Spring 2013 Haute Couture: Didit Hediprasetyo's Koi Fiashes and Indian Saris
A Japanese koi pond in Ubud, Bali was the starting point for the latest couture collection of Indonesian designer Didit Hediprasetyo, who described the overall feel as “Zen-like.”
This inspiration was clear to see in the abstract prints he created with textile designer Calla Haynes which echoed the fish scales of colorful koi fish (orange, blue, black) just swirling abundantly under the surface of a clear water pond. The busy prints were sparingly reprised in several looks creating a cohesive collection that still managed to remain fairly minimalist and beautifully elegant.
Instead of a runway presentation, the designer opted to present the collection like a series of tableaux. Models wearing relaxed flip-flops slowly walking to the beat of a taiko drum to take their place, some carrying traditional Japanese umbrellas. “I felt there would be a stronger energy, having all the simple silhouettes standing together,” he explained in an email after the presentation in Paris on the sideline of Haute Couture Week.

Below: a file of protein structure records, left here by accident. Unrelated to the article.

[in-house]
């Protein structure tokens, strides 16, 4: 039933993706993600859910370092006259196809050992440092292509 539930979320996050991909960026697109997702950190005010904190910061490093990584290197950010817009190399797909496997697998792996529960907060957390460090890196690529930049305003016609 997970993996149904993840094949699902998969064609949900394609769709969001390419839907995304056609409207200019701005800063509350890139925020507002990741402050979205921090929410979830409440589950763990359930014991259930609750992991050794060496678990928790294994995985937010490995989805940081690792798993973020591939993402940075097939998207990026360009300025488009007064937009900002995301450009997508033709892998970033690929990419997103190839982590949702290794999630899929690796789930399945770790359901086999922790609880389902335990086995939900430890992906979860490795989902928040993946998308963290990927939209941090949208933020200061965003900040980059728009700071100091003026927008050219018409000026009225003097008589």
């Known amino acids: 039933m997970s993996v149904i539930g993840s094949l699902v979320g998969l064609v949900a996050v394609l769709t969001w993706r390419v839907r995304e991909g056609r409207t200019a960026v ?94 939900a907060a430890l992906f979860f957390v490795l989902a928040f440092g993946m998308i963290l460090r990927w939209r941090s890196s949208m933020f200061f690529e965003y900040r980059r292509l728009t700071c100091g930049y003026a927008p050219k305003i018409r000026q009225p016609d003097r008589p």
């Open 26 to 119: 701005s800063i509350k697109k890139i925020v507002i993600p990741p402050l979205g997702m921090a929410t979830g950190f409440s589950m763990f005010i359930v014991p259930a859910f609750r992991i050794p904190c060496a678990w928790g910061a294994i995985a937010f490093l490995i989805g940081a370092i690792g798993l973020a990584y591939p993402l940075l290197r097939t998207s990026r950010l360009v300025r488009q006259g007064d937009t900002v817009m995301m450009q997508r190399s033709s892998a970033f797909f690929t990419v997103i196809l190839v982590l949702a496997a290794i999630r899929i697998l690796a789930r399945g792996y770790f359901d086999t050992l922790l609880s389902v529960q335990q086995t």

While his previous collections had created volume with the use of more rigid fabrics like the songket, a traditional Indonesian fabric, or ostrich leather, this time the designer primarily chose a more fluid fabric, silk jersey, that he let fall elegantly to the floor creating elongated silhouettes. The designs retained a sense of youthfulness and playfulness with cut outs around the décolleté.
“I wanted to do a collection of comfortable long dresses for the summer, pure, simple, and regal,” he said.
The single-shoulder dresses and their draping brought to mind Indian saris, though treated here in a minimalist way.
Born and raised in Indonesia, the 28-year-old Hediprasetyo presented his first couture show in the salons of the legendary hotel Crillon in January 2010, offering corseted gowns, and fitted skirts and shorts all in a palette of white, black, and gold that emphasized elegant silhouettes. Since then, the young designer has taken his clients on a voyage to colonial-era India as well as through a tropical orchid garden.
The designer tends to focus more on a younger clientele aiming to offer them wearable daily couture.
As first published on Artinfo.com